Alright folks - one of the most difficult things to contend with here in Gabs is the transportation that gets us from Point A to Point B and back again. Sunday was, by far, our most trying day yet. Before I get to Sunday, however, let me tell you about Friday night. There is a mall not too far from our house called Riverwalk. Typically, we walk there, but after dark it’s just a little too far and a little too dangerous for four white girls to be walking about. With that being the case, we walk out to the road, hail a taxi, get in, and start negotiating the price. First, he says he’s going to charge us 60 Pula (1 Pula = 7 CAD. You do the math; I’m an English major.) which is atrocious because we normally pay 30 Pula. So we just laugh at him, tell him no way and that we are only paying 30. After he agrees to that, the next thing out of his mouth (and this is no word of a lie) is ‘so, which one of you can I marry?’ Yes, friends, that is our life here in Gabs. Just to add some context and hopefully a few more laughs to your blog reading experience, I’ll give you a few more details of this particular cab ride. First, we ask him how many cows he has because, you see, Botswana still has a very traditional way of doing things meaning that dowries are still paid to the wife’s family. On average eight cows would be given to a local girl’s family and the number would go up the farther north the woman is from. Considering we are from Canada, we figured at least 150 cows would be required before any of us would agree to marry our cab driver. Cattle are also a traditional means of telling how wealthy a man is. This particular cab driver told us he owned about ten cows (honestly, I don’t think he owned any) and so we proceeded to tell him that wasn’t nearly enough to marry a Canadian girl. We’ve also been told in situations like this one to tell men that they wouldn’t like Canadian girls because we don’t like to cook or clean and we are very mouthy. We told our enamoured taxi driver all of these things at which point he pretty much stopped talking to us more so, in my opinion, because he likely thought we were crazy. Good story, right?!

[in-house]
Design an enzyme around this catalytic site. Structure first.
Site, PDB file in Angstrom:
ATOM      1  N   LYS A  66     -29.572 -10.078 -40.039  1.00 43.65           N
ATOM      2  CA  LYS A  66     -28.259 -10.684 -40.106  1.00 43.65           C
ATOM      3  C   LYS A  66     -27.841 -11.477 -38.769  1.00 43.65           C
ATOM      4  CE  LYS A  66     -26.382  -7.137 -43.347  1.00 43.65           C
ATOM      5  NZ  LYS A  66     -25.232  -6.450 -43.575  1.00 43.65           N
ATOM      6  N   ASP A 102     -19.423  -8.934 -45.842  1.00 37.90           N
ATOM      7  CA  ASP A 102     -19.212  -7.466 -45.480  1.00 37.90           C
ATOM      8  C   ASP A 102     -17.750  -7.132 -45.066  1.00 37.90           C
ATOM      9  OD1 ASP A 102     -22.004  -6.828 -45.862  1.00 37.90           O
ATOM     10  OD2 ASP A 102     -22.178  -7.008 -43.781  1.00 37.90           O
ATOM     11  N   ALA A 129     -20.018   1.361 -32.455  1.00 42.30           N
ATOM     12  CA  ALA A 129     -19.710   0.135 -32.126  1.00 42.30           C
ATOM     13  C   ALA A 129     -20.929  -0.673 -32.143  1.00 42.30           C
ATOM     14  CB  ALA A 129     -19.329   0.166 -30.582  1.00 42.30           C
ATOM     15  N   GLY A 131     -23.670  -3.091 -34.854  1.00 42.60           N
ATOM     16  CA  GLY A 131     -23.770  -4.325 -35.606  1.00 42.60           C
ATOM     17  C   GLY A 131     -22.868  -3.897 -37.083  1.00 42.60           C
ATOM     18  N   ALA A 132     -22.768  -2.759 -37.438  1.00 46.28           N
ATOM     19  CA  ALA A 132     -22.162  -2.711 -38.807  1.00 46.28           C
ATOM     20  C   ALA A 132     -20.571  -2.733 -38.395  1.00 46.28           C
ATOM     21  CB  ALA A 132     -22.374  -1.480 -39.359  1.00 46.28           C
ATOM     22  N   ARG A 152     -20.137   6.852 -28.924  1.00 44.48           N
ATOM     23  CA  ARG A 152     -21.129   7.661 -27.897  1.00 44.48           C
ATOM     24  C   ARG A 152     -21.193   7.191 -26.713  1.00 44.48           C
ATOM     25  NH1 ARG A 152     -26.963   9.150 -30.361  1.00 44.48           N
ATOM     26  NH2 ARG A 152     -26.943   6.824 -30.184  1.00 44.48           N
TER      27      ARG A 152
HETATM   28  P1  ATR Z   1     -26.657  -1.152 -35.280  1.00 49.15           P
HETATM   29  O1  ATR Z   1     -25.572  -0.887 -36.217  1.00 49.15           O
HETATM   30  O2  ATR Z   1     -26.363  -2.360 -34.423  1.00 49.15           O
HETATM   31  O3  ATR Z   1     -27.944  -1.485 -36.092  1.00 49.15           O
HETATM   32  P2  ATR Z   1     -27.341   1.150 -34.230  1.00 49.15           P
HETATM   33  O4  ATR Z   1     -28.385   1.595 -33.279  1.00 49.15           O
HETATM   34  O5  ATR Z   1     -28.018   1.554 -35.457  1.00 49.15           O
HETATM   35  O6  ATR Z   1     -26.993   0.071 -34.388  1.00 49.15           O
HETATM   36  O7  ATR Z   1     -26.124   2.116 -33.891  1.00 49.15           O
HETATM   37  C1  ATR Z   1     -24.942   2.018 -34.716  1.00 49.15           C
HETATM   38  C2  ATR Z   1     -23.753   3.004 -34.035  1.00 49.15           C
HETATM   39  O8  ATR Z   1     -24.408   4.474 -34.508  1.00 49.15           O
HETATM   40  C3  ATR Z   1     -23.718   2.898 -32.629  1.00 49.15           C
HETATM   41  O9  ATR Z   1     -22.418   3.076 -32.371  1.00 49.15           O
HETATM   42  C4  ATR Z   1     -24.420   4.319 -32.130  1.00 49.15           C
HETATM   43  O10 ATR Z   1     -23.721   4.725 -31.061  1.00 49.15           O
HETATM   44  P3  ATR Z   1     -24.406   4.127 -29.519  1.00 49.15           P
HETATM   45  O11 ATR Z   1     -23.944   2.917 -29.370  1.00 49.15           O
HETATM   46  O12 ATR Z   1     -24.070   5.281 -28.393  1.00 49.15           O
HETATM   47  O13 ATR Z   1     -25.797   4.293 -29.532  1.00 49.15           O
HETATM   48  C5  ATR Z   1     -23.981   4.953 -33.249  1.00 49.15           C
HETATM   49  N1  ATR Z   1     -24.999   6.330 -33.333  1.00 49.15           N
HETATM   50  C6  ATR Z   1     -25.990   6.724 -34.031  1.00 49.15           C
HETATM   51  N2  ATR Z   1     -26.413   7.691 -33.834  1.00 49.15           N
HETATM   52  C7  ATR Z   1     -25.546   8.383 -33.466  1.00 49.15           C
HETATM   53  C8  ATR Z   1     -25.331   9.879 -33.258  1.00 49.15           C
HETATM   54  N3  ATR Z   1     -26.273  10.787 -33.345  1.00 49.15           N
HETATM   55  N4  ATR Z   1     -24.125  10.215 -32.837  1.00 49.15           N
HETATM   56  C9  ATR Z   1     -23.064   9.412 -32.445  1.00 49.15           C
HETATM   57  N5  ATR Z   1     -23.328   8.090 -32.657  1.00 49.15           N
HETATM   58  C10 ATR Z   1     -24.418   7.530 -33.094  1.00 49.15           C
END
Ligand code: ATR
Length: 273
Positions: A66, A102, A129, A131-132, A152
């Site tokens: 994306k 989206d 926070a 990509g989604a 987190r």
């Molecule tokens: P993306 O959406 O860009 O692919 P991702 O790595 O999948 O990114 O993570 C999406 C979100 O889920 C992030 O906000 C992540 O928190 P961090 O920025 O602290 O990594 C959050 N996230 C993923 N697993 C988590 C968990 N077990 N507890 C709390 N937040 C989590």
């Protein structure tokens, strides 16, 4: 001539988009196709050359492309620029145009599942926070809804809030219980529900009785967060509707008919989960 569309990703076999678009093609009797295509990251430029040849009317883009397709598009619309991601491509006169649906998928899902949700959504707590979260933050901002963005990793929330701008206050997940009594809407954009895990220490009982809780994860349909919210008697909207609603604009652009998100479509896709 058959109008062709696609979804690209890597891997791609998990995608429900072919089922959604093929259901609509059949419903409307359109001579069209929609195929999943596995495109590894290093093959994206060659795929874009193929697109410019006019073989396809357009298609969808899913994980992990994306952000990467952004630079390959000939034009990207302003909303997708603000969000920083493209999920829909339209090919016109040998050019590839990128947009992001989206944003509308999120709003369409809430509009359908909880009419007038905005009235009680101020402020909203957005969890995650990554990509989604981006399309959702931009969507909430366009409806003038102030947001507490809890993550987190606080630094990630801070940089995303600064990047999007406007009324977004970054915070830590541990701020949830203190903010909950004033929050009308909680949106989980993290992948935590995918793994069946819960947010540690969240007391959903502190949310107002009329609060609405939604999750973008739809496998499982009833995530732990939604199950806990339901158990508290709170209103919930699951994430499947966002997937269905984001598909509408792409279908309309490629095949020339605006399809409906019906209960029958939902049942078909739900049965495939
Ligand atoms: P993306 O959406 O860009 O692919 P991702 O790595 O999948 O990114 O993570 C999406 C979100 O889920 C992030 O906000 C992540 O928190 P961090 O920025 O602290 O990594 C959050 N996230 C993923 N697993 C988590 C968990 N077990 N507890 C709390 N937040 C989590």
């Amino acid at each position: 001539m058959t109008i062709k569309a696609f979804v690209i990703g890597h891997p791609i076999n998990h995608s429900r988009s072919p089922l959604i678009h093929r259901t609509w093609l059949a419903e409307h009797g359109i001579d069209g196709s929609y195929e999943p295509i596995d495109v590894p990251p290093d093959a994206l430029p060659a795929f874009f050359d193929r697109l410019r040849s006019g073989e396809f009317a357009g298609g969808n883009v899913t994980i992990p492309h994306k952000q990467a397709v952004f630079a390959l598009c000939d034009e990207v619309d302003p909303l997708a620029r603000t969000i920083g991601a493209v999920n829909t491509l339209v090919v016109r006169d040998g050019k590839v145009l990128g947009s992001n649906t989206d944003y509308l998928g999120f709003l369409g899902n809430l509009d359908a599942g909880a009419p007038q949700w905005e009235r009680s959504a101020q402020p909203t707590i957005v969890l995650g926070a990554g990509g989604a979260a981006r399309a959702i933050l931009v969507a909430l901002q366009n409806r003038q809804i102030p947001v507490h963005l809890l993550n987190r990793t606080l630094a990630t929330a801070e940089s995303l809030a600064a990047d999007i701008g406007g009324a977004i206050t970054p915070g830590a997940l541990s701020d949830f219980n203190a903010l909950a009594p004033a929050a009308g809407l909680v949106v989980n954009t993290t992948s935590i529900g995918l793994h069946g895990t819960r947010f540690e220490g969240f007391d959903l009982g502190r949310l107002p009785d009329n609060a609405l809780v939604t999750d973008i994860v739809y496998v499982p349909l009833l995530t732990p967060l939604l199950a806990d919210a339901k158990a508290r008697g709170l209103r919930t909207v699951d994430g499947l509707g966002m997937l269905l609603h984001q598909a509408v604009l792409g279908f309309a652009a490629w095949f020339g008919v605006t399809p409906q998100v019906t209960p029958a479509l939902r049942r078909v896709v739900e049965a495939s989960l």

Alright, on to Sunday. We heard about a Farmer’s Market happening at the #1 Ladies Opera House and Café (yes, named after the books) and were really looking forward to some homemade African wares. Once again, we hail a cab and ask him if he knows where the market is that is supposed to be at the Opera House which is near Game City. He says ‘yes, let’s go’. We arrive at Game City (the biggest mall in Gaborone) and as he is pulling into the parking lot we remind him that this is not where we want to go, where we want to go is the market. To this he responds, ‘market, what market?’ And, once again folks, this is my life in Gabs. Our driver proceeds to ask random people on the street where this place is to no avail. Apparently no one knows where this place is. Finally, we get directions from a friend and tell the driver only to have him ask, ‘are the directions from a Motswana (person from Botswana)?’ We respond with an annoyed ‘no’ and tell him where to drive. When we finally get there, we realise why no one knows that this market and Opera House/Café exist; everyone there is white. It is definitely a Farmers’ Market of the North American variety. We enjoyed it none-the-less until the point that we realised we needed to find a way back into the city somehow. Everyone else had their own cars and so commenced our walk. Luckily, in our few weeks here, we’ve made a few friends. We called one of them, asked them to get us a cab company number and waited. The next fun part of our adventure included trying to explain where we were so that we could actually be picked up. That, my dear readers, was an epic fail! Thankfully, a man in a jeep took pity on us and asked if we needed a ride somewhere. He was from Botswana, white though, had a South African accent, and had family that he was planning to visit very soon in Canada. He was legit, our saviour. Once we’d been so kindly dropped off at Game City, we met our taxi who was, in fact, waiting out in the middle of nowhere for us, but we just weren’t at the same spot in that same middle of nowhere. He’s annoyed and charges us more than we should have paid, but, at this point, we just want to get home. Home we get and decide to chalk this all up to an experience and a few lessons learned. The main lesson being, never assume a taxi driver knows where he is going!